Credential Stuffing is a type of brute force attack where automated tools insert stolen usernames and passwords web application login fields. The end goal of credential stuffing is account takeover (ATO) and its attendant fraud. Credential stuffing relies on the shared secret model of user authentication, chiefly by enabling any person in the possession of static access credentials to present themselves as an authorized user.
In credential stuffing, hackers obtain user credentials from past data breaches by purchasing them at low cost on the dark web. They then develop rudimentary scripts to automatically “stuff” username and password combinations into the login fields of web applications until a fortuitous match is found. The credential stuffing success rate is estimated to be around 2-4 percent. When a match is found, the consequences can be ATO for consumer financial fraud or corporate account takeover (CATO) for more serious crimes by abusing victim access privileges.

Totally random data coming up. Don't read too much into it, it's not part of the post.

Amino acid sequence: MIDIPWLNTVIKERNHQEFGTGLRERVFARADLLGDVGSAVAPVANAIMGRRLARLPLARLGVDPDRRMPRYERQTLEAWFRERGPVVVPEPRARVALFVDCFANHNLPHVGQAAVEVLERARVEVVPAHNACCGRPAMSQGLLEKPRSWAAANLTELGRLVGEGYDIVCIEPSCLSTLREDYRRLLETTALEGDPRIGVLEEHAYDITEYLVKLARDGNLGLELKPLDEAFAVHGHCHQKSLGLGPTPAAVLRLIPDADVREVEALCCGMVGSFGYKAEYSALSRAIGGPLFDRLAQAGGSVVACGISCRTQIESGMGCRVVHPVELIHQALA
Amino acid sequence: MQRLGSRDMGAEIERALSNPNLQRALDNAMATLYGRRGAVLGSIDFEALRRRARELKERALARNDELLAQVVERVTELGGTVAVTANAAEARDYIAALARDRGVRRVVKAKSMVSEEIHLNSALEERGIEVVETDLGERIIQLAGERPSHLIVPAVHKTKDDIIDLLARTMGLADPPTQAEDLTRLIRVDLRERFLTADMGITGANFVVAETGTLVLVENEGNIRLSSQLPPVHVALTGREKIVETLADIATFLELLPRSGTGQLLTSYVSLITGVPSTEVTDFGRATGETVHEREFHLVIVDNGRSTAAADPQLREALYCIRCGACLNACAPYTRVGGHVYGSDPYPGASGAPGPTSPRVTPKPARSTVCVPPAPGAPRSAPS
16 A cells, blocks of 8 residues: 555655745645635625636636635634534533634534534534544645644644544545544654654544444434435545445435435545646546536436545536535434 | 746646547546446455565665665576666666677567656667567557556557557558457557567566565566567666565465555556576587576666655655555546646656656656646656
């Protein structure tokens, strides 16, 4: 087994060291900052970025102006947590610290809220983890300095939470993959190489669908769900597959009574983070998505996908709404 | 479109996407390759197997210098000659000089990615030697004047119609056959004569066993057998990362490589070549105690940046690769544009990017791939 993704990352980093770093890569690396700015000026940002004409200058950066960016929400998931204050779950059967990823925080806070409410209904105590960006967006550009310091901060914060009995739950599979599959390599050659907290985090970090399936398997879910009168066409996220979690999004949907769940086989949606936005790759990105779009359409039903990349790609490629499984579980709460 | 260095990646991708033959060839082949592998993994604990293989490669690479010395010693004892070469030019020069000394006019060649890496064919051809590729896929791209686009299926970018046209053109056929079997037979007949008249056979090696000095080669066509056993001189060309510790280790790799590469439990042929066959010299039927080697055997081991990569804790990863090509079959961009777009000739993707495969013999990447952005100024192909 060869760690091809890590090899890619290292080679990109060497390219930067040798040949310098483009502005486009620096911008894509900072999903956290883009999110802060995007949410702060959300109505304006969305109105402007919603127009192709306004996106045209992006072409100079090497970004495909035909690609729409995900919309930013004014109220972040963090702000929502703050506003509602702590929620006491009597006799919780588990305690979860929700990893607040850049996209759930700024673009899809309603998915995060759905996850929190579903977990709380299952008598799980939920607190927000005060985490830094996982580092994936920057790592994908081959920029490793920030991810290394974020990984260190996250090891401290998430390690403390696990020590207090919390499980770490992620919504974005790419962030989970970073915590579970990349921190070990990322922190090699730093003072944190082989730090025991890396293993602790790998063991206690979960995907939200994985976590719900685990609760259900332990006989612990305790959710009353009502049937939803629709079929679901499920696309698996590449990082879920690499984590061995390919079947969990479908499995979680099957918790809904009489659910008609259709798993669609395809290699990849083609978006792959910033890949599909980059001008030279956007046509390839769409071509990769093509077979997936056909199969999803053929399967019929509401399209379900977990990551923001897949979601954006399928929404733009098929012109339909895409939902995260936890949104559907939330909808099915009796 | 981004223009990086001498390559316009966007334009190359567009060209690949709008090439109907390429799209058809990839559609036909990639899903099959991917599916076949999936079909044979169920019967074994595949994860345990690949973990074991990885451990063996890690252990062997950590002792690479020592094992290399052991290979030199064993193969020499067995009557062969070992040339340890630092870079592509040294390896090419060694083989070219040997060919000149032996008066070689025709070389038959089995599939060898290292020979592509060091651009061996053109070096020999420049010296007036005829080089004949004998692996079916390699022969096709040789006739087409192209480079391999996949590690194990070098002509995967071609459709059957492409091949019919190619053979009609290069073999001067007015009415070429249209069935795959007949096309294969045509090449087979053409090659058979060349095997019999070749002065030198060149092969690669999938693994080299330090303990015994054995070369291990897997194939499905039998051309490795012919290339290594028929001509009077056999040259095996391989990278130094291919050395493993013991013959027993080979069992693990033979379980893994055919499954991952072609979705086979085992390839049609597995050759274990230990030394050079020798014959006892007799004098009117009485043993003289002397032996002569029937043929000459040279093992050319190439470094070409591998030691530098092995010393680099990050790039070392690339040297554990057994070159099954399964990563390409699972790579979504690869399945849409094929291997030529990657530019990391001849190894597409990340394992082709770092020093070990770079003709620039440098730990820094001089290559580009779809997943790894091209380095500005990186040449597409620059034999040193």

Credential stuffing attacks are inexpensive to launch, expensive to defend against, and have high success rates. The automation tools to launch an attack are easy to develop or buy, even for a script kiddie. What drives credential stuffing perpetrators' actions is users’ persistent likelihood to reuse passwords across different online services in their personal and work lives.
Credential stuffing attacks often employ a bot or botnets to spray credentials and combinations thereof into the login fields of web apps until a match is made.
"Last year my payment provider fell victim to a large-scale credential stuffing attack. Apparently my password was one that I had reused from my Yahoo account, and was used by the attackers to compromise my account."
Hear From a CISO about Credential Stuffing: